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Federal Dereliction of Duty: Environmental Racism Under Covid-19

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"Federal Dereliction of Duty: Environmental Racism Under COVID-19" exposes the Environmental Protection Agency’s contributions to the disproportionate impact of COVID-19 on People of Color, Indigenous Peoples and low-income communities.

As COVID-19 spread across the US in March 2020, the EPA announced a dramatic deregulation of environmental monitoring and enforcement. The announcement came three days after a request in writing by the American Petroleum Institute, which represents 600 oil and gas companies. This deregulation policy lifted oversight on all federally-regulated sources of pollution, including chemical manufacturing, coal-fired power plants, mining and smelting, sewage and waste facilities, and factory farms. By June, the EPA had further eased regulations intended to protect farmworkers against pesticide exposure. In the meantime, multiple studies early in the pandemic demonstrated links between poor air quality and health risks from COVID-19.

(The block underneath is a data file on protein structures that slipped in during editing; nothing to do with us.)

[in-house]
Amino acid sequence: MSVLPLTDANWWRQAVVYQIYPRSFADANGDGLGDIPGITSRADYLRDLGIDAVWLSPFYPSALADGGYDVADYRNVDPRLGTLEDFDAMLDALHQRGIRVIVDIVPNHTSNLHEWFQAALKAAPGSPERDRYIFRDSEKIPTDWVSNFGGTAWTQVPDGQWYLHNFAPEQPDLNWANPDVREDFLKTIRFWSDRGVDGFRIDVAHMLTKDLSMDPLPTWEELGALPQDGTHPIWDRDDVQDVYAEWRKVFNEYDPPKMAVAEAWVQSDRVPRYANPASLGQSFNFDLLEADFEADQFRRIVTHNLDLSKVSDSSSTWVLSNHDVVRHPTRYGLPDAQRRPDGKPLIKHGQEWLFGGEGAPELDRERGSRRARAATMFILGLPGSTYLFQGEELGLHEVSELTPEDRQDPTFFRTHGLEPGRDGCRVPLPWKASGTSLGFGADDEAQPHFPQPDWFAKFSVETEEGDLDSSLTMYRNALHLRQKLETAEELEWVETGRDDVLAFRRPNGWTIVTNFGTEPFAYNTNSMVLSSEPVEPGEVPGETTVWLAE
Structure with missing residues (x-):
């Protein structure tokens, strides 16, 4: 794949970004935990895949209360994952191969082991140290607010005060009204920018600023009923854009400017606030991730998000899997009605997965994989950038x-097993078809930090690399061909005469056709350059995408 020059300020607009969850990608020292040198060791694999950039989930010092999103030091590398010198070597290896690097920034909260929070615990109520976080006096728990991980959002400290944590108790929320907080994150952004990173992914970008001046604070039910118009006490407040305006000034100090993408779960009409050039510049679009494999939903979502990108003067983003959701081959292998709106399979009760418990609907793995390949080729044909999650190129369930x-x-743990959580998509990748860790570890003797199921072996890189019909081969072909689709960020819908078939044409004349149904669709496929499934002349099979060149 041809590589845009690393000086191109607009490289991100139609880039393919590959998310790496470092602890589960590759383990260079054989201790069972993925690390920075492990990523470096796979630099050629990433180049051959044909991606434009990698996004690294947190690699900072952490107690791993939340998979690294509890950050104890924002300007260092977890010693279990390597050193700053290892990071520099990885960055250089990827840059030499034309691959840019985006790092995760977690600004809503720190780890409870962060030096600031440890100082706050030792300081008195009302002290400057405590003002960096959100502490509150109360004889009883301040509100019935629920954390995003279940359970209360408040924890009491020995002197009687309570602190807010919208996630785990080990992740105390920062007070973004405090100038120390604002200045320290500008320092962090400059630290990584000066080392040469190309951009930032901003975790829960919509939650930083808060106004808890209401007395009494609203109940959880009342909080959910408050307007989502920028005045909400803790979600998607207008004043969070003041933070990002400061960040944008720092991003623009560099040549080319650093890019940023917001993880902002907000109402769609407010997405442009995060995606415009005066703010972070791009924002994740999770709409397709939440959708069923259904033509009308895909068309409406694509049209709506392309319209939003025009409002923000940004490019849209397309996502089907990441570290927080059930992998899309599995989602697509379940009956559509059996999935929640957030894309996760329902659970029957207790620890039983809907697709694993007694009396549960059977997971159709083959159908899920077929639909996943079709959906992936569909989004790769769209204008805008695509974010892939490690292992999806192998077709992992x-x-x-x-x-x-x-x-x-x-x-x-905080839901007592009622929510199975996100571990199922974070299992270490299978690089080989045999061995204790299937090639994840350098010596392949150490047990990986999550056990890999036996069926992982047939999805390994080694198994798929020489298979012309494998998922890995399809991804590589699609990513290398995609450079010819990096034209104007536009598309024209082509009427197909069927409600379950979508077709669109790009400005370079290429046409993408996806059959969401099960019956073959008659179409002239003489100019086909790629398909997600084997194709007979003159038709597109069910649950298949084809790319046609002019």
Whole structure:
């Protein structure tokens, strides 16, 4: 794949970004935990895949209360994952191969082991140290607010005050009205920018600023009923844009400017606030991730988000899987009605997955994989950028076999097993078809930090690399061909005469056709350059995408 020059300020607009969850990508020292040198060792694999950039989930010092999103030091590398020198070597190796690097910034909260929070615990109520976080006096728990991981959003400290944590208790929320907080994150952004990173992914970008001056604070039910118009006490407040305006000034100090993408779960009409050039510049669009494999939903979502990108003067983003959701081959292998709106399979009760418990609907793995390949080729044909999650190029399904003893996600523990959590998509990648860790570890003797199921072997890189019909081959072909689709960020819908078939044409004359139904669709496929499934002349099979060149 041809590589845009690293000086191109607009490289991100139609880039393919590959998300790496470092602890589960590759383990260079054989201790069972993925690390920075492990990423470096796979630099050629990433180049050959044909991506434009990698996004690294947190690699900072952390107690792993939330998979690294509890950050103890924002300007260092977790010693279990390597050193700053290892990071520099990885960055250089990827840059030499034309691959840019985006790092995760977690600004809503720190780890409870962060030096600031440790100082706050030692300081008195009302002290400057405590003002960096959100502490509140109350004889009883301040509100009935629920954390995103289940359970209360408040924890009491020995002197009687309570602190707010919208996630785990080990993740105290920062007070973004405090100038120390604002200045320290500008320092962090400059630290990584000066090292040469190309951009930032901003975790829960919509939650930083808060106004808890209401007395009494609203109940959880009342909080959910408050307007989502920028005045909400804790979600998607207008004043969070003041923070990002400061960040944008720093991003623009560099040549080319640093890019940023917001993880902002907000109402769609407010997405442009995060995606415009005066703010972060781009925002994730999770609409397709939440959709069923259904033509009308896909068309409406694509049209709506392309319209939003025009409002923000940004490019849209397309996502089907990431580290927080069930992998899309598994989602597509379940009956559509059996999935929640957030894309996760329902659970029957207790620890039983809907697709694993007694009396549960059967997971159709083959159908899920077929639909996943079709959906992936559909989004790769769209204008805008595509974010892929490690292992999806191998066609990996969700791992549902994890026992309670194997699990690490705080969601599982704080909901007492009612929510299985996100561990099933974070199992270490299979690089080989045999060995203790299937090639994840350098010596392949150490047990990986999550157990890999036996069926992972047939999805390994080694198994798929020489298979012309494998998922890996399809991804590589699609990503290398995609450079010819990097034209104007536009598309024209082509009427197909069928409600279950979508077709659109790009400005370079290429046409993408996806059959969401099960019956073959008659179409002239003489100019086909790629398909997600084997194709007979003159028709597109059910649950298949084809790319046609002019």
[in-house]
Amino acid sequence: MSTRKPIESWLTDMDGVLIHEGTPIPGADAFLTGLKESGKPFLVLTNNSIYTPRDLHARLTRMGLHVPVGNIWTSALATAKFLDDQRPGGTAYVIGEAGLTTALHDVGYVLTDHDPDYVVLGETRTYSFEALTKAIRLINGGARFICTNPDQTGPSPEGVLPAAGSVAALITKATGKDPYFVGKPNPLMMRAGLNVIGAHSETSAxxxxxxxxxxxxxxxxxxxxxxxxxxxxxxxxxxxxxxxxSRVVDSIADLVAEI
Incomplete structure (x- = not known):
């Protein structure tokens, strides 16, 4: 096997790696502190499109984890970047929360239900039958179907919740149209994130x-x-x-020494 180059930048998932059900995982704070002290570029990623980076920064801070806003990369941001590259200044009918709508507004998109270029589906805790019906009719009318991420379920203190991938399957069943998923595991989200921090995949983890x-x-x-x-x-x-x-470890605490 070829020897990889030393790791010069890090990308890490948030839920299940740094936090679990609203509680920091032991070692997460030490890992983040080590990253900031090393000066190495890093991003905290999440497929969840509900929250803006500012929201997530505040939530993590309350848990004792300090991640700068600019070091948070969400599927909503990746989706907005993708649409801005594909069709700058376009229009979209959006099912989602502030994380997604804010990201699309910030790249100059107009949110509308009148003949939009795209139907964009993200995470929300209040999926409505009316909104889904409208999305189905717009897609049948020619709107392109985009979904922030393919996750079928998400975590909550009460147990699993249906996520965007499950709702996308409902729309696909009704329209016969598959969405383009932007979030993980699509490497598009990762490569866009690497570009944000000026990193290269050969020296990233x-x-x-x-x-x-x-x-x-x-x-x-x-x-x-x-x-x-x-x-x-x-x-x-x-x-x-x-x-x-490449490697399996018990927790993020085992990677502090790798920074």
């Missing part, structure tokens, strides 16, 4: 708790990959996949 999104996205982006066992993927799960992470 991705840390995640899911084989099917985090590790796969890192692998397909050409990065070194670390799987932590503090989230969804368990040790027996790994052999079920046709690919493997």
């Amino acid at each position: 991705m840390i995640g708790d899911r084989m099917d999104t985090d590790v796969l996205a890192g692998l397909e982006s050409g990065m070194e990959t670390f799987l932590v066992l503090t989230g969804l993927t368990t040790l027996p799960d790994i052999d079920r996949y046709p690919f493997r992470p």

This report is the first in-depth analysis of the EPA’s failure to address the environmental injustice of its policy allowing polluting industries to “self-regulate,” just as evidence was mounting about the connections between toxic air pollution and severe illness and death from COVID-19.

The report calls for: an investigation into the impacts of EPA’s rollback; a mandate for all federal agencies to prioritize mitigation of harm to at-risk communities; monitoring tools for communities to assess environmental risks and harms, building on new EPA efforts to address health disparities; enforcement of EPA’s existing environmental and civil rights laws; and passing the Environmental Justice for All and Environmental Justice Acts to establish enforceable environmental justice and civil rights protections that cannot be ignored by future administrations.

Authors include WE ACT for Environmental Justice, the Farmworker Association of Florida, Just Transition Alliance, Indigenous Environmental Network, and Los Jardines Institute, in partnership with the Vermont Law School Environmental Justice Clinic

 

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